This guide will walk you through everything you will want to know about VisualScript, its building blocks,
and how to generate diagrams automatically from data that show hierarchy and relationships such as flowcharts, org charts, timelines, gauges, and more.
To transform your data into a visual, you'll use the VisualScript SDK.
flows, trees, timelines, and other designated formats without using coordinates.
var vs = new VS.Document(); //Create a new VisualScript document
var theShape= vs.GetTheShape();
var myConnector=theShape.AddShapeConnector(VS.ShapeConnectorTypes.OrgChart); //add the org chart connector to the top shape
myConnector.AddShape(); //add the first shape to the connector
myConnector.AddShape(); //add the second shape to the connector
var vsJSON = vs.toJSON(); //Turn the VisualScript object constructed using the API into a JSON string
vsCompleteCallback(vsJSON); //Pass the JSON string into the callback to trigger the creation of a document
Just a few lines of code create a perfectly formatted hierarchy of three shapes.
What makes VisualScript so easy is that you can take advantage of powerful intelligent formatting.
To create a diagram using VisualScript, you don't have to use a coordinate system to describe the explicit placement of shapes,
instead you can leverage an intelligent rule-based formatting engine to simplify the format and reduce the work.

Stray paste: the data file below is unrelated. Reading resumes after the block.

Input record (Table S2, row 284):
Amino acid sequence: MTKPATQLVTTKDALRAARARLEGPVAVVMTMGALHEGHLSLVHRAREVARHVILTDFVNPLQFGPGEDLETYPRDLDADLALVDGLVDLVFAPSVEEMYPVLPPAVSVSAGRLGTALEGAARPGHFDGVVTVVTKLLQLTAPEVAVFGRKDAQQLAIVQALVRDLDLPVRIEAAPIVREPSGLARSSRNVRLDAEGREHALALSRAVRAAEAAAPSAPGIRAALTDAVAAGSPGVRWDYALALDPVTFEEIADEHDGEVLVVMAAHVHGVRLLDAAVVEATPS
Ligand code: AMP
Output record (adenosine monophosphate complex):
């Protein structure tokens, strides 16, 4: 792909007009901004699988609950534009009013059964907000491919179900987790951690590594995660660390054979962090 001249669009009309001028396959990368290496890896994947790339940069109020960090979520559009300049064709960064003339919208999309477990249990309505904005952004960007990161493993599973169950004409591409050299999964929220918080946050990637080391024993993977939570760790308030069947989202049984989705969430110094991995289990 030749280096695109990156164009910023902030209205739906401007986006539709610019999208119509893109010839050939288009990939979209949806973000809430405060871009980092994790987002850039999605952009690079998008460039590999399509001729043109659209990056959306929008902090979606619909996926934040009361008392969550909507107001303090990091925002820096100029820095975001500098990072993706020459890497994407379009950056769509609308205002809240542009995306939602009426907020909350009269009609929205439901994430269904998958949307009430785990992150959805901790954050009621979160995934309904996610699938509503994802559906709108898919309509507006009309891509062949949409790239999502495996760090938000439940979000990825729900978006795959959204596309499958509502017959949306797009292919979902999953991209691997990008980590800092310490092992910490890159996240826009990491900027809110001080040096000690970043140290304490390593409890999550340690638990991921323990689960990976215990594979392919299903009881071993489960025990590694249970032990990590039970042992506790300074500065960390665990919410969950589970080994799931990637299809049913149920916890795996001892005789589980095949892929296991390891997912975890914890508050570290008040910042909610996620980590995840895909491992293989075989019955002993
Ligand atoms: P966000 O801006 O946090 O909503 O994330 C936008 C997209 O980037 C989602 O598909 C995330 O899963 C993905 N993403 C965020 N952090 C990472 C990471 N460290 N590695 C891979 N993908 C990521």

VisualScript makes it easy to create a third-party tool or template that can quickly turn data into diagrams, automatically.
The following analogy is helpful in understanding the innovation that VisualScript represents.
We are all used to software that can take a set of XY data and plot a graph.
Let's take for example a line graph made in Excel. To make the graph, you simply select two columns of data and request that Excel render a line graph. You don't specify the coordinates of each point on the line. You don't individually calculate the line between each point, or draw the axes separately, or define the pixels for numbers and text labels, and so forth. It would be no small feat to draw just a simple line graph if you had to calculate everything individually. Yet, about fifty years ago, that's exactly what you would have had to do to generate a graph on a computer using code. Today, we are completely used to the idea that to draw a graph, all we need to do is specify the type of graph we want and the data to plot and the software will draw it automatically.
But this has never been the case for diagrams until VisualScript.
In the very first VisualScript example we shared above, we specified that we wanted three shapes arranged in a hierarchy.
The intelligent formatting engine did the rest.
Now lets look at the equivalent of the "graph types" that VisualScript offers for automatically generating diagrams.